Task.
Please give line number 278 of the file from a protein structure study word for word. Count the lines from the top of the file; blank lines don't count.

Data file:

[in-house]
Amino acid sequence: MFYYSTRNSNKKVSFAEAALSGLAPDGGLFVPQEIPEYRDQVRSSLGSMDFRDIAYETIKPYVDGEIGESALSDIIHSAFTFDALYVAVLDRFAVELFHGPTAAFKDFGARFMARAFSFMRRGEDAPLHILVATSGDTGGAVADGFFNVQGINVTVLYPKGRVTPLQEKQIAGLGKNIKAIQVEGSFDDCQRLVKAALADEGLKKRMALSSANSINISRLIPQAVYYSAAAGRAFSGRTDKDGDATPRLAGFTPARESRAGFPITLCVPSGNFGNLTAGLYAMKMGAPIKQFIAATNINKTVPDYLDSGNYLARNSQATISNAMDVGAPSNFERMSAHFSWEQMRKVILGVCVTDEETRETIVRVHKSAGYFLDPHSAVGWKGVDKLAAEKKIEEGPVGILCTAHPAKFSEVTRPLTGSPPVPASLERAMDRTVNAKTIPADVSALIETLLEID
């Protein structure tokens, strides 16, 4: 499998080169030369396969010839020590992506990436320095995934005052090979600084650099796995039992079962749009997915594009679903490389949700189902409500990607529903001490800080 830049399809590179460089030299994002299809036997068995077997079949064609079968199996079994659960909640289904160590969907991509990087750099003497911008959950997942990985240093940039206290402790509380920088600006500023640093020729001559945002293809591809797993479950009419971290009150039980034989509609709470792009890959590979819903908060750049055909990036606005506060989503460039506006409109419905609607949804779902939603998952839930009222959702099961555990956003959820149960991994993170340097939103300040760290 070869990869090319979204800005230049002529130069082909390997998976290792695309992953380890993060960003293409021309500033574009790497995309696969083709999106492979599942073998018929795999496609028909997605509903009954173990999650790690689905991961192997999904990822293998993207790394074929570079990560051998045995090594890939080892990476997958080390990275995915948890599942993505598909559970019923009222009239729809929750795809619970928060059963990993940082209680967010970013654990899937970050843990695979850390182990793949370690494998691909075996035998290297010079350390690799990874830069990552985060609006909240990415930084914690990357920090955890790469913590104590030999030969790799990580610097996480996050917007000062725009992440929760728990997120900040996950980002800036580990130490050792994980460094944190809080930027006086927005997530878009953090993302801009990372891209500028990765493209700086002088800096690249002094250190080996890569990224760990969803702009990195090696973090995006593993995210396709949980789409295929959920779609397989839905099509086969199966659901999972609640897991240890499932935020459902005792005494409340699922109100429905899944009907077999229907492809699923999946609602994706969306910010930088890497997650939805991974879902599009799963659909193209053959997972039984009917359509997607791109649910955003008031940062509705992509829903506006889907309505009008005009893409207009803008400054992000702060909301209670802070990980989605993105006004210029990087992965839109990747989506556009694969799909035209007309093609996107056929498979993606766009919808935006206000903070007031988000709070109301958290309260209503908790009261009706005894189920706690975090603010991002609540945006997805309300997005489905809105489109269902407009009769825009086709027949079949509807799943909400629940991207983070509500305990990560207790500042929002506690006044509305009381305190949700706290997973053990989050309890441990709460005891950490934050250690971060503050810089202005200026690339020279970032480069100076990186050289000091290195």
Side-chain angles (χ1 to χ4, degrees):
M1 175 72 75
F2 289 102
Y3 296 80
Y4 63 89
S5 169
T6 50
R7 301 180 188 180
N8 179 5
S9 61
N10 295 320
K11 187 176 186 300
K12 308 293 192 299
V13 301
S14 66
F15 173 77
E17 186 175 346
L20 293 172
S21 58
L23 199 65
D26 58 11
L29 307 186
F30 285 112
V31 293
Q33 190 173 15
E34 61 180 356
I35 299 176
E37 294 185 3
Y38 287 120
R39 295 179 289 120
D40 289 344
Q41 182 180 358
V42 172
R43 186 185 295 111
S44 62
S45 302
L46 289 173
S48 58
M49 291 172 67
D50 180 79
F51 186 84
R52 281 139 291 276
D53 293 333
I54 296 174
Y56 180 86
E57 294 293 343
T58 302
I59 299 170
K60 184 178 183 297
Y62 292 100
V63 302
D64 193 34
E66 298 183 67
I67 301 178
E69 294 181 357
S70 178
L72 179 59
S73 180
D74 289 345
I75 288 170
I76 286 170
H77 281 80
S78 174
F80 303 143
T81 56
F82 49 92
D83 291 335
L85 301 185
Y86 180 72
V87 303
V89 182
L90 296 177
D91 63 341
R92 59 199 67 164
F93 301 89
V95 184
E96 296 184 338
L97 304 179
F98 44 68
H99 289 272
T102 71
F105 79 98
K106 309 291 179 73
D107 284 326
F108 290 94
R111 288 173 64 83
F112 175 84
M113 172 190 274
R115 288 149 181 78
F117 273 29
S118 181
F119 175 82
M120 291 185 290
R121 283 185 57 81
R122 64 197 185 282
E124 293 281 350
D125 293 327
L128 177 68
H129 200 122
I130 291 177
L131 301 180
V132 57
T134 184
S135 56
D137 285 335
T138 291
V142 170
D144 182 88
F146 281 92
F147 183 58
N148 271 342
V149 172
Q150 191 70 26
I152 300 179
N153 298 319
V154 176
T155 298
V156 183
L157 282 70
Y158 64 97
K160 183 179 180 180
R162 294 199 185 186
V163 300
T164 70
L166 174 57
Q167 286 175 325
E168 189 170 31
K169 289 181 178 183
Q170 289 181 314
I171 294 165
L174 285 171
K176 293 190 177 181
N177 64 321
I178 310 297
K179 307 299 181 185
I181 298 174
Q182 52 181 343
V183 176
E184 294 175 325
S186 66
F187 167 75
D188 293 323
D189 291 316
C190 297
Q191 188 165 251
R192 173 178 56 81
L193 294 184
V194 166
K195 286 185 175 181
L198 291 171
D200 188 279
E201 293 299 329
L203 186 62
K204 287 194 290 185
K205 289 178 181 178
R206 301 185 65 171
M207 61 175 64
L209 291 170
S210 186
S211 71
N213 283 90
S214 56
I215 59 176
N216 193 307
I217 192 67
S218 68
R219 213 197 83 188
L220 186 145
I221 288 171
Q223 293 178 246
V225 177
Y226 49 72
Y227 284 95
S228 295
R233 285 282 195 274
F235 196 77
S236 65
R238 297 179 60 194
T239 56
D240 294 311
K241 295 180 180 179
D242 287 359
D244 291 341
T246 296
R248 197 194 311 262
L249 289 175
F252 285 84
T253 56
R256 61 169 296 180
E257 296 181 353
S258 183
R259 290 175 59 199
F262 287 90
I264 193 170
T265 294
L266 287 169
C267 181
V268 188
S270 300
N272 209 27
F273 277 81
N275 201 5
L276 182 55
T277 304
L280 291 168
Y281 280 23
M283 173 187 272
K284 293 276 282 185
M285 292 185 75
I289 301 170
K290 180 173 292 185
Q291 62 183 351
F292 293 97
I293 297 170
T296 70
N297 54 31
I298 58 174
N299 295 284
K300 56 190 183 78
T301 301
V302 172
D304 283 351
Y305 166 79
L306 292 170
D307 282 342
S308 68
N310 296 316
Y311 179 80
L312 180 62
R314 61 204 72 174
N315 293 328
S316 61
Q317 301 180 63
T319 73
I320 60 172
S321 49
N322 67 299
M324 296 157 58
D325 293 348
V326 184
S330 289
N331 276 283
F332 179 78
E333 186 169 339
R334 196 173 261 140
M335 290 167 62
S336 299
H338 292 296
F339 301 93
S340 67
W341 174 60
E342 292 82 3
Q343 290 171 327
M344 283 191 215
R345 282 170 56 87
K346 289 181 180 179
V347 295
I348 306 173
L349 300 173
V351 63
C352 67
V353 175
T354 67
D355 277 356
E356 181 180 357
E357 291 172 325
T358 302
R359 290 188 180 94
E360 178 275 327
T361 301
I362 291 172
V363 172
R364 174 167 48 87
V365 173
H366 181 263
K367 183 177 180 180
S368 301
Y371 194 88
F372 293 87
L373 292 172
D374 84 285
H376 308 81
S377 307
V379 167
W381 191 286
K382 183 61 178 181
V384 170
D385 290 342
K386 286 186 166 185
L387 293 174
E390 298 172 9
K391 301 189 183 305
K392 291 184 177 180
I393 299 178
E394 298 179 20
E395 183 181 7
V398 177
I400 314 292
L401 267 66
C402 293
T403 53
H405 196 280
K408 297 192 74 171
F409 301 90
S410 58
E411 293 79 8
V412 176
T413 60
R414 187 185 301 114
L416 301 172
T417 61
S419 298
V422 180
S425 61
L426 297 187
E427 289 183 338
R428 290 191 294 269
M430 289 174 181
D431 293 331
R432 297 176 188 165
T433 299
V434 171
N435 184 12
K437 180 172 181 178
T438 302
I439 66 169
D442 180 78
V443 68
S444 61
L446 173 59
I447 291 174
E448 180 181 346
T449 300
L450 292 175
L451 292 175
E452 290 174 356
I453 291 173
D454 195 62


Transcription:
H366 181 263